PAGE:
by Alessandra Cardone
ROME, March 12 (Xinhua) -- Take a famous European literary work, put artists from Italy, China and Germany together on it, and finally add ancient and modern music traditions. From such path, a new experimental play was born and put on major stage of the Italian capital -- the Argentina Theatre -- from Tuesday to Sunday this week.
Johann Wolfgang Goethe's masterpiece "Faust" tale was performed by the artists of the Peking Opera, with music and arrangements from both Italian and Chinese composers.
The play is a co-production between Italy's Emilia Romagna Theatre Foundation and the China National Peking Opera, and was born out of an idea of German director Anna Peschke in 2014.
Authors include Chinese playwright Li Meini, and director Xu Mengke, Italian composers Luigi Ceccarelli and Alessandro Cipriani, and Chinese composer Chen Xiaoman.
The experiment marked the first partnership of the kind, with a European tale put on stage by Peking Opera artists, and foreign composers cooperating with a Chinese colleague to try to create "a new language."
"We come from a different musical culture, so we had to study the tradition of the Chinese Opera theatre," Cipriani told Xinhua.
"This means we had to understand deeply what were the possibilities of building a bridge between our work -- as contemporary composers, who work with electronic music -- and, at the same time, to be close to a very different way of making music."
Since its debut in the city of Bologna in Oct. 2015, the play has been performed some 80 times across Italy, and was shown in Beijing and New York as well. In mid-May, it will be performed for 13 days in Germany.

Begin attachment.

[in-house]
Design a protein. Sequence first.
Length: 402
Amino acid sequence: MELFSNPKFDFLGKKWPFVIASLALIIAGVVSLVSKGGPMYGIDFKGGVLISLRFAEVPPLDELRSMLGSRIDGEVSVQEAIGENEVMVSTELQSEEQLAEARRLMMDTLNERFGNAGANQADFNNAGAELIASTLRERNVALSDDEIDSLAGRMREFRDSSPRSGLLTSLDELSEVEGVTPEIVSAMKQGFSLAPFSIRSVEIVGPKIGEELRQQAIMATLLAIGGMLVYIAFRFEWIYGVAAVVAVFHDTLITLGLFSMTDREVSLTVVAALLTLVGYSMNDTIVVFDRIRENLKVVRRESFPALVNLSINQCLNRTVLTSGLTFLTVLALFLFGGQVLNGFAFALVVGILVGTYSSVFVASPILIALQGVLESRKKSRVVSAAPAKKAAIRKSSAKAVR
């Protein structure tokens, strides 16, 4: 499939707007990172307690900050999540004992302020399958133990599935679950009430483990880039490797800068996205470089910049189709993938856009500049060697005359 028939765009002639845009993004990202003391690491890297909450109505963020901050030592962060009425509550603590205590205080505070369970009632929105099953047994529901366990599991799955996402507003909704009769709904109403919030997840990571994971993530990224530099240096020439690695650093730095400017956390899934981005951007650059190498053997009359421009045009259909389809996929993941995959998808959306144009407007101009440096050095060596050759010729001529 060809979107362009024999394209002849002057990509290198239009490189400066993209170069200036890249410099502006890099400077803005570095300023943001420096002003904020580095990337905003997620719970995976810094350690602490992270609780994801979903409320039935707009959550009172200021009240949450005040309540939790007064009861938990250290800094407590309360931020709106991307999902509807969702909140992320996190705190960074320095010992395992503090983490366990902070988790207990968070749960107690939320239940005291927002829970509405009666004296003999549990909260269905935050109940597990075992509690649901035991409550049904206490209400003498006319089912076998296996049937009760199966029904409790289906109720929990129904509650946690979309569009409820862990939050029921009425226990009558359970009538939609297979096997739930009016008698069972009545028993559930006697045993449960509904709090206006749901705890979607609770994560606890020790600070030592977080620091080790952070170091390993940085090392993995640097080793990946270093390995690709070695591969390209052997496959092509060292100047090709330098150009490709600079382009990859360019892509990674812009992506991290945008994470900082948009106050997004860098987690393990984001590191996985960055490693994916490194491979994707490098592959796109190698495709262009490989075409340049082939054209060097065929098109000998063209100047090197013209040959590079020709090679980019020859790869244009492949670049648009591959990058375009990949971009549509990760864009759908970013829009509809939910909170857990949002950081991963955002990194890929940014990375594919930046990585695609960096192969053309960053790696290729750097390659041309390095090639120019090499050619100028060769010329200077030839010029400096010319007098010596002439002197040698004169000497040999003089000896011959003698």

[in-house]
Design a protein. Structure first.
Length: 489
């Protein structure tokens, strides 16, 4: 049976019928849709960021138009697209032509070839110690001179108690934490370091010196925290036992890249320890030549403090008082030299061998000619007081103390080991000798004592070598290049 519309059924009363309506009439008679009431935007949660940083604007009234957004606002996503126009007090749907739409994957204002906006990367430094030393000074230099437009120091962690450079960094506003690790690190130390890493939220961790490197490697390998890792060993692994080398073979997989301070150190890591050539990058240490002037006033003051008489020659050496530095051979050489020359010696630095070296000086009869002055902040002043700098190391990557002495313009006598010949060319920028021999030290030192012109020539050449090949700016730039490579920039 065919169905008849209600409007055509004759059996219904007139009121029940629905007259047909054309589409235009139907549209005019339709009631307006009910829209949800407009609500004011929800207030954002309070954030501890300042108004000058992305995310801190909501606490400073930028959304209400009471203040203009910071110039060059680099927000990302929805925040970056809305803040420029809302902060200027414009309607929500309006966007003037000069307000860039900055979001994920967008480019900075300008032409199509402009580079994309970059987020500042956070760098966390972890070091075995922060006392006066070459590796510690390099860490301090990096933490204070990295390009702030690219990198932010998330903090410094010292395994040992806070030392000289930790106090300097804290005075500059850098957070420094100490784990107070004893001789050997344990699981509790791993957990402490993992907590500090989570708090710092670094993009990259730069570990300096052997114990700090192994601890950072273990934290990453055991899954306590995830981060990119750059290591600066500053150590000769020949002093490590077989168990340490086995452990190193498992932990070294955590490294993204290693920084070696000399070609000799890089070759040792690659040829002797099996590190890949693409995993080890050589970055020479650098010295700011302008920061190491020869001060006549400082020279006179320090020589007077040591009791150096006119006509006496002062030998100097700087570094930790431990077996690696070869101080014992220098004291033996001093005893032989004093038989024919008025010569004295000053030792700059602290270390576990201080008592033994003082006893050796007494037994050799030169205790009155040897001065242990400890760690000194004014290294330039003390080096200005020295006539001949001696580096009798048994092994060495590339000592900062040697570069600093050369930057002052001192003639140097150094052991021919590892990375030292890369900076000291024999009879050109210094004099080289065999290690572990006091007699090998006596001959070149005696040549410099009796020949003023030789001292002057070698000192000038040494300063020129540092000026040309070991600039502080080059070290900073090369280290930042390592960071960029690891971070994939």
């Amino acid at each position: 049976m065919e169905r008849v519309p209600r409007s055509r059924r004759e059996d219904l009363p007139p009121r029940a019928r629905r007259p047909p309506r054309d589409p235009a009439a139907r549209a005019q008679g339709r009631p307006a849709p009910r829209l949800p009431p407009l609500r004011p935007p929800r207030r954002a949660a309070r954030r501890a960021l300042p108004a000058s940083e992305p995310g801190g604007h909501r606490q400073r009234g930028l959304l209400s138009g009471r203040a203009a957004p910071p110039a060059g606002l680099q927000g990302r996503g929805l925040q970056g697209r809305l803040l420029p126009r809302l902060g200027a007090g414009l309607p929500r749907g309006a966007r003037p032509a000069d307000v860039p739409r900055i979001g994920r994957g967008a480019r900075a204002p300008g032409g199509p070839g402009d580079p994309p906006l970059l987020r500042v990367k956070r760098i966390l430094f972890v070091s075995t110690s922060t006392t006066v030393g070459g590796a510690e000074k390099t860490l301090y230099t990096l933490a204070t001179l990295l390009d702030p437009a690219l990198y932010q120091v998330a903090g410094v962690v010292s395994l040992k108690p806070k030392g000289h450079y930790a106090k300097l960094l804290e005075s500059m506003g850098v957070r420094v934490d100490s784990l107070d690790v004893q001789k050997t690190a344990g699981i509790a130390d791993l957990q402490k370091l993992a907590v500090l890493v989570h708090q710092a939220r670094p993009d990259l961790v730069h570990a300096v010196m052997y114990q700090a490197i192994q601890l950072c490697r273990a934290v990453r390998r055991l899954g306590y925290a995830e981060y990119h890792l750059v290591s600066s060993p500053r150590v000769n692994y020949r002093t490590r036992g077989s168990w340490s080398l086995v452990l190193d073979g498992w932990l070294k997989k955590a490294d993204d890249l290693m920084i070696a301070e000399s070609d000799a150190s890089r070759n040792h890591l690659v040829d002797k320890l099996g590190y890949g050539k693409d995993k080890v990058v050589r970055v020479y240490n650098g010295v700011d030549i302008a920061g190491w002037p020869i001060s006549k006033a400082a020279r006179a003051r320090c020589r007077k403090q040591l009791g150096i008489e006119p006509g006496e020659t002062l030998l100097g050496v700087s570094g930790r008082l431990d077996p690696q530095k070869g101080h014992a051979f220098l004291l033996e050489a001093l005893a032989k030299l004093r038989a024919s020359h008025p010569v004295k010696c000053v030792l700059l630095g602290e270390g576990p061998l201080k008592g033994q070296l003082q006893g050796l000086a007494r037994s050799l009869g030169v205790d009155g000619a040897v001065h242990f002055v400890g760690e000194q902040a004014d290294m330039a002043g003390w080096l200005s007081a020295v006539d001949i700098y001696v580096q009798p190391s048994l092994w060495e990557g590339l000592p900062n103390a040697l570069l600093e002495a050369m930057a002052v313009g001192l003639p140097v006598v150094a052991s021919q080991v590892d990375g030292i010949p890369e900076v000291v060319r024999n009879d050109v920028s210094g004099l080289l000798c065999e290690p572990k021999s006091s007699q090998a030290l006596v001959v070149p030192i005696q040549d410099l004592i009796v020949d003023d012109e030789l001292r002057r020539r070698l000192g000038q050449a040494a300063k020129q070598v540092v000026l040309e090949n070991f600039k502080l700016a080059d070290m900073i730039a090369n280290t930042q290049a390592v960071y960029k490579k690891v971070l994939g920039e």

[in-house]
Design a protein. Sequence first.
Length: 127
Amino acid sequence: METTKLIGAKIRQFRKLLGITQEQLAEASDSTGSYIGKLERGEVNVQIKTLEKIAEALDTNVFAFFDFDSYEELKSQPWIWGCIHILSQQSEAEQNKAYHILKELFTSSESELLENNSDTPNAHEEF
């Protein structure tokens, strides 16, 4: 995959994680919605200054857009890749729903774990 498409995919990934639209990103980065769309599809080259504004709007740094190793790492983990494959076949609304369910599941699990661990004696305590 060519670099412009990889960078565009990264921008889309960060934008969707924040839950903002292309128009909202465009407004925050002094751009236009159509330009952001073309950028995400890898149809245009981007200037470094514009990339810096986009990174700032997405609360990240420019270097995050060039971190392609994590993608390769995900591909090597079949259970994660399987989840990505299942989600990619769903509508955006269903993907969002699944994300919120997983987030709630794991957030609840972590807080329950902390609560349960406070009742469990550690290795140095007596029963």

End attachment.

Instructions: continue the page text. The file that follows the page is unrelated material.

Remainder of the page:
Rehearsal and set up of the play were all developed in China, organizers said. The four Chinese actors on the stage were accompanied by seven musicians, three of which Italians and four Chinese.
While taking the form of Peking Opera, this production of the "Faust" tried to keep aesthetics and storytelling traditions from both the West and the East together. As such -- besides being up to the beauty of such a renowned tale -- a major artistic challenge was to find a "new language" between the refined art of the Peking Opera and Western modern music.
"When you meet a new culture, you find different standards, and you realize that your rules are just arbitrary, in some way... The wonderful thing is being able to find those new rules that put all things together," composer Ceccarelli told Xinhua.
"It has been a hard job, yet in some way technology was of help, because with electronic music it is much easier to bring together sounds that are very different from each other," he added.